Nikon received quite a backlash when it released the MB-D12 battery grip and priced it at a whopping $616. While Nikon users have long been willing to pay a premium for genuine Nikon products, it was pretty clear that a good percentage of D800 customers were not going to bite at the MB-D12 price.
Third party accessory providers saw a huge opportunity and wasted no time in exploiting it. The first wave of MB-D12 imitators started showing up for sale on the internet in June of this year, approximately 4 months after the announcement of the D800. There are now a number of third party MB-D12 suppliers. Pixel, Meike, Zeikos, Phottix, and Vello are among the more popular names you will find serving this market. Some no-name grips even sell for as low as $25 on eBay. And although Nikon’s website still lists the MB-D12 for $616, you can now find it selling for $389 at B&H.
Although I always purchase the corresponding battery grip when I get a new DSLR, I have to admit that my grips have spent much more time on the shelf than attached to my cameras. I do find that they come in handy. And as long as they are reasonably priced, I will likely continue to do purchase them. The MB-D12, however, was a bit too pricey for my taste. Based on the feedback I had read, I realized I wasn’t alone. The market was hungry for a reasonably-priced alternative to the MB-D12. Enter the Zeikos ZE-NBGD800 Battery Grip…
1) Initial Impressions
I have to admit that my expectations were not all that high for the Zeikos grip, particularly considering it was selling for approximately 1/5th of the price of the Nikon MB-D12 grip ($75 vs. $389). After all, it is a well-known fact if a product which costs more that of a competitor, it must be better, right? :)
I didn’t have an original Nikon MB-D12 grip to compare to the Zeikos ZE-NBGD800 battery grip, but I did have a Nikon MB-D11 battery grip for a D7000. I looked over the exterior of both grips and couldn’t notice any material differences with respect to fit, finish, controls, and overall quality. I pulled out the battery trays and looked inside each with a flashlight. Each appeared to be very similarly designed on the inside as well. If you would have covered the Zeikos label, I would have thought I was looking over a genuine Nikon product. It even sported a metal post (inserts into DSLR) as opposed to some of the polymer posts I have seen on other third party D800 battery grip models. So far, so good!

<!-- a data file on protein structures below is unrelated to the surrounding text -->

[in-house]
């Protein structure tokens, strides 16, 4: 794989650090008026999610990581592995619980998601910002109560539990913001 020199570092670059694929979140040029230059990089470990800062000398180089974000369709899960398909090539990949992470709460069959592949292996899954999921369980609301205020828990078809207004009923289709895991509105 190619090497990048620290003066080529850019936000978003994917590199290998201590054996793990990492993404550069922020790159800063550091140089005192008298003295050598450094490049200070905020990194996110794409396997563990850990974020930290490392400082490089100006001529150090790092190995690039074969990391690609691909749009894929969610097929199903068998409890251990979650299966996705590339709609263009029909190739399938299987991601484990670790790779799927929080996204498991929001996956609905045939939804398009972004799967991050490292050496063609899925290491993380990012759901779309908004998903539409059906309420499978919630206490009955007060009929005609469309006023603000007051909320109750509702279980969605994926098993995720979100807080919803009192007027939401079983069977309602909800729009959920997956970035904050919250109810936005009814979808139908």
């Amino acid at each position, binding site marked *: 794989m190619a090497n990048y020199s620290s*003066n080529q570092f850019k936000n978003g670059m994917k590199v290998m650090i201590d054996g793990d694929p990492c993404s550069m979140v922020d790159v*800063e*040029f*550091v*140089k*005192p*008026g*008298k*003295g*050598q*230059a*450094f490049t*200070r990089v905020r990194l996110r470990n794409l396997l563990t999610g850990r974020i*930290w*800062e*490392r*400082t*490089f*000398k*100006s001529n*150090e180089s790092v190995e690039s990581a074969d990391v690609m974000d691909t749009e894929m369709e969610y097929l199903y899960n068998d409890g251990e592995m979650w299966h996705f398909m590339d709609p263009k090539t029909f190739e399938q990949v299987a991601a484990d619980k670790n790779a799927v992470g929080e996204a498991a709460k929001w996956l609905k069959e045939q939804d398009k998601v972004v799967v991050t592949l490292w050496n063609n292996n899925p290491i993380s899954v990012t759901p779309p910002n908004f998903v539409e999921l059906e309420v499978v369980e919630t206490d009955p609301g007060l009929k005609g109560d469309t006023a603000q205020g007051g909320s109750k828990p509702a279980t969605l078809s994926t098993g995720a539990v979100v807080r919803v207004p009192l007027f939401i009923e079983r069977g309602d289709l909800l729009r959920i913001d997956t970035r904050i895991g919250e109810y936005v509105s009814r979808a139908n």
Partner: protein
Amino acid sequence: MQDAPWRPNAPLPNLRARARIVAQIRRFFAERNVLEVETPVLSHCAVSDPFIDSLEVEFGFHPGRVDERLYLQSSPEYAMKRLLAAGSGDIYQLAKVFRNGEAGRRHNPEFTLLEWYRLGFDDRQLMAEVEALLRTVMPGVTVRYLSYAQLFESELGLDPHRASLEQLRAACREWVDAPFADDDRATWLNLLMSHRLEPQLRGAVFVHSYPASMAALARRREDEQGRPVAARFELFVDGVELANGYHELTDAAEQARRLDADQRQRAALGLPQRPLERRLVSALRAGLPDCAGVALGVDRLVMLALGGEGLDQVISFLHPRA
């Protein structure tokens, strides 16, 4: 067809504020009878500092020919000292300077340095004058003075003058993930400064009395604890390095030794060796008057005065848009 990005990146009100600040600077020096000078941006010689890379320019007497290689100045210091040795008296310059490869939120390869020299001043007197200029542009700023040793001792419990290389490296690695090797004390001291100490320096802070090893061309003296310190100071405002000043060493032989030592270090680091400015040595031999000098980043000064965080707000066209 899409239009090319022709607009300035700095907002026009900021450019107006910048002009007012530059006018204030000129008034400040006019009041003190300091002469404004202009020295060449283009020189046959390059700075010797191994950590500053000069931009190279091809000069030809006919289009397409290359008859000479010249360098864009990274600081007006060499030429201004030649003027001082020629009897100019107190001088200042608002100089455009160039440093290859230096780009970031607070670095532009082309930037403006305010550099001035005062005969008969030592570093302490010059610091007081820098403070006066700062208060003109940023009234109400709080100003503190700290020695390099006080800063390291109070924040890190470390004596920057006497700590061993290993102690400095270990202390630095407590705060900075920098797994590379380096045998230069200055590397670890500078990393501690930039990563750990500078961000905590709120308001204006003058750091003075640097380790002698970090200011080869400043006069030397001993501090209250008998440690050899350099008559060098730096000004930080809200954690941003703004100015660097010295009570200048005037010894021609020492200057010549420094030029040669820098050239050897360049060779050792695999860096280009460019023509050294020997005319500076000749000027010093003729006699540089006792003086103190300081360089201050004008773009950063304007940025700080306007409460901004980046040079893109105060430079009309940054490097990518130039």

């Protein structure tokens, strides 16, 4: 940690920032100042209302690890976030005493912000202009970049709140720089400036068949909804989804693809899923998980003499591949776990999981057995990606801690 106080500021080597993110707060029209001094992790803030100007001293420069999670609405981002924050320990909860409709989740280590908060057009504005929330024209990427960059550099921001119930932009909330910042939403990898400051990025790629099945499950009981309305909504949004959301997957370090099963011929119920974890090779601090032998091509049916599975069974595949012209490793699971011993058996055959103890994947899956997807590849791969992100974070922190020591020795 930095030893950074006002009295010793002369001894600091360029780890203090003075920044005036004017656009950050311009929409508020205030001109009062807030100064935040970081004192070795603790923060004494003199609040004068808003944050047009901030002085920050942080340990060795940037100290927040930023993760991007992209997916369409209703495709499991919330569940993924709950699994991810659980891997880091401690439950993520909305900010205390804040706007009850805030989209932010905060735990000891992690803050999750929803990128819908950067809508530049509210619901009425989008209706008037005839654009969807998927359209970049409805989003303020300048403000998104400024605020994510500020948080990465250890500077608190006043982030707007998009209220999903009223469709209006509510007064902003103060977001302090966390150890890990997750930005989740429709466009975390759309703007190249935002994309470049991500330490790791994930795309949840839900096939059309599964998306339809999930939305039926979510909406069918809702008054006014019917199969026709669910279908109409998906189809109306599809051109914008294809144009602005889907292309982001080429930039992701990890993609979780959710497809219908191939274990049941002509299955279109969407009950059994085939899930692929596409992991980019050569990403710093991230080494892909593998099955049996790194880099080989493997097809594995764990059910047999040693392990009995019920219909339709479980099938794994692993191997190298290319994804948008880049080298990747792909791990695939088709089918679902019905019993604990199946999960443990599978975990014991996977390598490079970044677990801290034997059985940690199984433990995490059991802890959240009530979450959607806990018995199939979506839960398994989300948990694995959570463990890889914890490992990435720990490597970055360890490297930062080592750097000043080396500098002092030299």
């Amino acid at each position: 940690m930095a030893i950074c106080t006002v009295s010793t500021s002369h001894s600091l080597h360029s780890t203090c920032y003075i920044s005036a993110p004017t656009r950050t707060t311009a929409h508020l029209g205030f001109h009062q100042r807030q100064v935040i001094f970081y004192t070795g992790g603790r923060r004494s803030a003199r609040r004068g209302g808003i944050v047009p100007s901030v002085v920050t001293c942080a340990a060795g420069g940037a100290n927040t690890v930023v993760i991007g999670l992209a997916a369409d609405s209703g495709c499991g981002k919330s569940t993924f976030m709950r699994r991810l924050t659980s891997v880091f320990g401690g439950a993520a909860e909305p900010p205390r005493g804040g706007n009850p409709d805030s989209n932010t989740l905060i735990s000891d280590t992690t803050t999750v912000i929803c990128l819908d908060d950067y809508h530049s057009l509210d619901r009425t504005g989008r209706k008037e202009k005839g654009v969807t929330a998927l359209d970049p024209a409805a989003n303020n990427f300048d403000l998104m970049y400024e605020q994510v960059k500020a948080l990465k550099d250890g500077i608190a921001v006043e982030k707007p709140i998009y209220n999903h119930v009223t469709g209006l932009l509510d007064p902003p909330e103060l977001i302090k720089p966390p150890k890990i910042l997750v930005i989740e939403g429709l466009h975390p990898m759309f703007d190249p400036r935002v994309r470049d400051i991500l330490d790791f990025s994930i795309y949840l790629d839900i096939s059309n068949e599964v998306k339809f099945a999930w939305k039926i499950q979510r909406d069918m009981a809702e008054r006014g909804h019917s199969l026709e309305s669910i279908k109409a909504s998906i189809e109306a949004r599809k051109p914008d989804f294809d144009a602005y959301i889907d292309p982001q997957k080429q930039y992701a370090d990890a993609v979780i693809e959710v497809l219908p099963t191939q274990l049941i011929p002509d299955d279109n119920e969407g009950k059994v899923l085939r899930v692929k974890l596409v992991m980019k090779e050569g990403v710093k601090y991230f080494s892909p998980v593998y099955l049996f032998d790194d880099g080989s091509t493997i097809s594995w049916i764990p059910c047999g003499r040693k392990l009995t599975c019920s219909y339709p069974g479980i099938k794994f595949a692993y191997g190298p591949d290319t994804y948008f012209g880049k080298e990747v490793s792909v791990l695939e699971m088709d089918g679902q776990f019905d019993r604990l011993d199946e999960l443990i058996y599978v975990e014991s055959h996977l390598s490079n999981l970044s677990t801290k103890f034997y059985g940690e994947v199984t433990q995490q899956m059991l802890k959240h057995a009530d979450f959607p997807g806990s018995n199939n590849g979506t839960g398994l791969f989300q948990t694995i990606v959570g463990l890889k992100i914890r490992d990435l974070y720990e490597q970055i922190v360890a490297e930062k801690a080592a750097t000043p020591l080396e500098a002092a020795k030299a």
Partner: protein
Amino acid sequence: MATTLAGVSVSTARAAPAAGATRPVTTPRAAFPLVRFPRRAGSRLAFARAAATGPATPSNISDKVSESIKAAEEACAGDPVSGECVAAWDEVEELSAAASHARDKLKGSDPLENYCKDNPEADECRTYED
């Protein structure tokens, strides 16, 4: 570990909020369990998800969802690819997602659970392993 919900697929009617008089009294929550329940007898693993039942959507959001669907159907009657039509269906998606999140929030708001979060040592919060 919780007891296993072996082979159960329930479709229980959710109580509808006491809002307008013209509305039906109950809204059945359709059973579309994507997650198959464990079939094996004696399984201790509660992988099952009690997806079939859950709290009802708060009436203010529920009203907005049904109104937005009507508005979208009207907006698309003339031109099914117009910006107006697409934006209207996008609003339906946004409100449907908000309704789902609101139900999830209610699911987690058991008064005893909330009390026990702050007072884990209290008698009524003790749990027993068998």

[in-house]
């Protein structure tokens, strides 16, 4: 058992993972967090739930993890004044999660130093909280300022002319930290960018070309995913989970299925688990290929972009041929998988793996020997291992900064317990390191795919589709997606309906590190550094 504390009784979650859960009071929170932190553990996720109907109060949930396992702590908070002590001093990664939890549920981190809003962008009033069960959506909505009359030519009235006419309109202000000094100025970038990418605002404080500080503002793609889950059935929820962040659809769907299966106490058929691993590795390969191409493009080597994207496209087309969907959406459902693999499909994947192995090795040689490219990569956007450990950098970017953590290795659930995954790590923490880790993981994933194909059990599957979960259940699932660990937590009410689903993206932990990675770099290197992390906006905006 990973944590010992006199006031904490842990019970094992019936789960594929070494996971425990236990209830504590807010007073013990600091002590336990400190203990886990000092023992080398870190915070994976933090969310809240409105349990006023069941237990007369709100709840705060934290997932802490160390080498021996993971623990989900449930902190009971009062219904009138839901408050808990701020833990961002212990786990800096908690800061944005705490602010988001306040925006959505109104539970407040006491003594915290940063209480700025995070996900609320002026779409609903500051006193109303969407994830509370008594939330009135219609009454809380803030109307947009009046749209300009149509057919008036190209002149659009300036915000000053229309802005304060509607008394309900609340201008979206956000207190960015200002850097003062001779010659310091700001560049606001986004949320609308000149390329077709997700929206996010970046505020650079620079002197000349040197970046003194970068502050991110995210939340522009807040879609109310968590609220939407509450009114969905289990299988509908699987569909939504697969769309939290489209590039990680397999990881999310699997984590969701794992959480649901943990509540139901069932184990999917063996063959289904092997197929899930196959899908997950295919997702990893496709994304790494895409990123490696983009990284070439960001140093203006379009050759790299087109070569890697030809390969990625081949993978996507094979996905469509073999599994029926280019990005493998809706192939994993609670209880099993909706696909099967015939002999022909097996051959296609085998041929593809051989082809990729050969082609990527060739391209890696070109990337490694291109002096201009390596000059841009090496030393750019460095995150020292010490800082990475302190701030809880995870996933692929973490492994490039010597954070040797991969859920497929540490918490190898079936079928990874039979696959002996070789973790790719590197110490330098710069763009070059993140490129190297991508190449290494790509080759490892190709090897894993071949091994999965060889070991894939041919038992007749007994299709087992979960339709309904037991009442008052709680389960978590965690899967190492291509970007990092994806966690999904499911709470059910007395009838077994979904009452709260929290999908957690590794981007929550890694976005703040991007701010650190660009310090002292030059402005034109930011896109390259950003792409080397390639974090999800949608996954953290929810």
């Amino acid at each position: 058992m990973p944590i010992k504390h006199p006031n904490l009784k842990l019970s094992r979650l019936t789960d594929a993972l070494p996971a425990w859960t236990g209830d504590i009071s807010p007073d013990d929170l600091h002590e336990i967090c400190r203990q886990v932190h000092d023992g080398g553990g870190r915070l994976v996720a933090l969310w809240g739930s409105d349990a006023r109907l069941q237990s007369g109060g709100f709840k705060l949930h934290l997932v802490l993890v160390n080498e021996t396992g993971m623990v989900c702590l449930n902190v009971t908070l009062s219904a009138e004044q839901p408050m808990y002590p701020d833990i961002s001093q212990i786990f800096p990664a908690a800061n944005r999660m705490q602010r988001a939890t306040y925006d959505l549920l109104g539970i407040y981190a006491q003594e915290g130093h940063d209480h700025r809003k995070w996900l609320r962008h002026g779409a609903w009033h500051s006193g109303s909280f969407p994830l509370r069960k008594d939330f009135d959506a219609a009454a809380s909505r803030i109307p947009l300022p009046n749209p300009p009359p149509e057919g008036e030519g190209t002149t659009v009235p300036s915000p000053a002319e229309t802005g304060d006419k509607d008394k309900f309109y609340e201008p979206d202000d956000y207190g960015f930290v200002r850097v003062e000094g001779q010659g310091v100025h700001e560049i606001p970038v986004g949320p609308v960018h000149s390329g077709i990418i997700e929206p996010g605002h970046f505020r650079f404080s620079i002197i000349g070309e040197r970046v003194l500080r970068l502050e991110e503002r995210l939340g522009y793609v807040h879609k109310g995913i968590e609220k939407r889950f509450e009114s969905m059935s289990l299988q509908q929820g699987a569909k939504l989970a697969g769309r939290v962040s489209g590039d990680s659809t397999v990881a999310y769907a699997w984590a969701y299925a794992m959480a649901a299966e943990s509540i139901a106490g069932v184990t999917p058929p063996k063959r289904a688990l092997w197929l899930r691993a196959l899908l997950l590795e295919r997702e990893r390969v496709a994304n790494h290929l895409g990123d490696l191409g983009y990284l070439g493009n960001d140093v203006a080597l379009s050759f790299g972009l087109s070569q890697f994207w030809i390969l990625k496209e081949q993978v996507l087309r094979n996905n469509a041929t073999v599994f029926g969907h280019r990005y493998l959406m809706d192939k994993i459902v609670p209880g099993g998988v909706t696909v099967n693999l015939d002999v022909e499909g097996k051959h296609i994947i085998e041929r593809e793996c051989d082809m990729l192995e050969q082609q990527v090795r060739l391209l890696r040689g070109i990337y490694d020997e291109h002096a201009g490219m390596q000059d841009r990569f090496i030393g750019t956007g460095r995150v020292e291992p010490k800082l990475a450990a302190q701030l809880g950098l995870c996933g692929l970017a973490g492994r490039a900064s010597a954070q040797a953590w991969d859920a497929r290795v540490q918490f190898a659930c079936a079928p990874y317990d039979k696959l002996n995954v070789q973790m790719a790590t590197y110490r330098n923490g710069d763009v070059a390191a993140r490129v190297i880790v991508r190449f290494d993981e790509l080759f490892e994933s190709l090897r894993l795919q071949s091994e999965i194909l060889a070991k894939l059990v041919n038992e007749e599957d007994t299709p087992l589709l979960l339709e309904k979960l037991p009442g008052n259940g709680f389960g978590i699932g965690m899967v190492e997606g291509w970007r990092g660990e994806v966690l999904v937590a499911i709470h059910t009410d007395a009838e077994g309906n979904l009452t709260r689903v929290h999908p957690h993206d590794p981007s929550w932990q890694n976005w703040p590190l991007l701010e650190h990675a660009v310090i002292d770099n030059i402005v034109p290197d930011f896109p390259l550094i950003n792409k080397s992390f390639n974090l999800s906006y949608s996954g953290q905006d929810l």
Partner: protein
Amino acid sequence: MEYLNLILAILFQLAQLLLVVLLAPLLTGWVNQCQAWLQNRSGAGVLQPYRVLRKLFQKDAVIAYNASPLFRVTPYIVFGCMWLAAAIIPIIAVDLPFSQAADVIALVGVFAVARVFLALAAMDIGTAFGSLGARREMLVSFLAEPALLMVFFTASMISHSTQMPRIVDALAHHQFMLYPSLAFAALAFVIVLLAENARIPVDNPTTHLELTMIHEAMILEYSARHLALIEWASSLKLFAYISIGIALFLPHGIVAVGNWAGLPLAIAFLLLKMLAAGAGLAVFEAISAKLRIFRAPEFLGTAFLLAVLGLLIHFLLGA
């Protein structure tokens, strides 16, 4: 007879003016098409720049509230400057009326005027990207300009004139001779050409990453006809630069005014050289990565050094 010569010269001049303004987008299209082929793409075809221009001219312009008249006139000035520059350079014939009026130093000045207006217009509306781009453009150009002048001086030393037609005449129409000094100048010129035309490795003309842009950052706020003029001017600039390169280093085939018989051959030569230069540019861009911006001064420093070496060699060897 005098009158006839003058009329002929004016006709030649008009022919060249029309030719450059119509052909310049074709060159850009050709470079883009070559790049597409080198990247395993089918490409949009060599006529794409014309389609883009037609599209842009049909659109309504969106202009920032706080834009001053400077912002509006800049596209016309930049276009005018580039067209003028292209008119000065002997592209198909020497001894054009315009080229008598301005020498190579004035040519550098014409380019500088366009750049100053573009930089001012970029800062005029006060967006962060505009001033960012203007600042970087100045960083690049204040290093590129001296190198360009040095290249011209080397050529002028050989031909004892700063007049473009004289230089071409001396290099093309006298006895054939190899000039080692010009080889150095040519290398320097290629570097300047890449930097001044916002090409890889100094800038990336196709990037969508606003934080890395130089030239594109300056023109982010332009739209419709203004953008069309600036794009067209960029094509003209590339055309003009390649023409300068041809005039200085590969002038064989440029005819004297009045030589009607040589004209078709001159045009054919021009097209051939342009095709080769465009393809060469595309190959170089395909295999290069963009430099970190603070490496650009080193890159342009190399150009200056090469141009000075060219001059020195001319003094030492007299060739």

2) What’s In The Box?
The Zeikos comes with the battery grip extension, a tray for an EL-EN15 battery, and another tray to accommodate 8 AA batteries. The Zeikos grip does not have a battery tray such as Nikon’s BL-5 which enables users to utilize an EN-EL18 (used for the Nikon D4). For those that make heavy use of a battery grip, the EN-EL18 provides a bit more juice than the EN-EL15, and thus the option to use the former may be appealing. Some Zeikos grip competitors do offer a BL-5 compatible tray. It would be interesting to see if the Zeikos unit would accept the BL-5.
3) Build Quality
I attached the Zeikos grip to my D800 and tightened the locking wheel as much as I could. There was no play in the connection and the grip felt as if it was part of the D800. I did the same for my D7000 and the MB-D11. Each grip seemed equally tight when coupled to each of the DSLRs.
I did notice a very tiny sliver of light between the Zeikos grip and the D800 underneath the right side of the LCD, showing that the connection was not perfectly flush. I detached the grip and attempted to mount it again but encountered the same issue. How slight of a gap? I could barely slide a piece of paper into the gap. I did not notice any light leaks between the grip on the D7000.
The slight space between the D800 and the Zeikos grip did not seem to impact the stability of the pair. I probably wouldn’t even have noticed this sliver of light unless I had been performing a product review and holding the camera and grip up to a bright light. I could only see this gap if I held the camera at a very specific angle. I put some additional pressure on the Zeikos, to determine if the slight gap represented something less than a solid fit, but the unit showed no play whatsoever against the D800.
The Zeikos D800 and Nikon D7000 grip weighed 242 and 244 grams respectively. I did some hunting but couldn’t find the weight of the Nikon MB-D12. If you know the weight, please pass it along for comparison purposes.
4) Controls & Operation
I have read a number of reviews of third party battery grips that listed “mushy controls” as one of the main differences between the third parties’ and the original manufacturers’ products. Not so with the Zeikos controls. They felt indistinguishable from their Nikon counterparts. Each control worked flawlessly.
The Zeikos grip sported the same set of controls as the Nikon MB-D12: Joy stick for selecting the AF point, moving forward/backward between photos, changing the LCD layout, AF focus, shutter button, and shutter button lock. Apart from the very slight amount of light I detected between the D800 and the Zeikos grip, I did not notice any differences in feel, fit, finish, or functionality between the grips. Zeikos seems to have done its homework.
With its quality build, responsive controls, and bargain price of $75, the Zeikos grip represents a great value. I would have rated it higher were it not for the paper-thin gap I discovered. I did not judge this gap to be a material issue.
Time will tell how well it will stand up to use in the field. But based on the positive feedback from many others using Zeikos grips made for other DSLRs, however, I expect this grip will prove to be a reliable partner for my Nikon D800.
Zeikos D800 Battery Grip
- Build Quality
- Size and Weight
- Packaging and Manual
Photography Life Overall Rating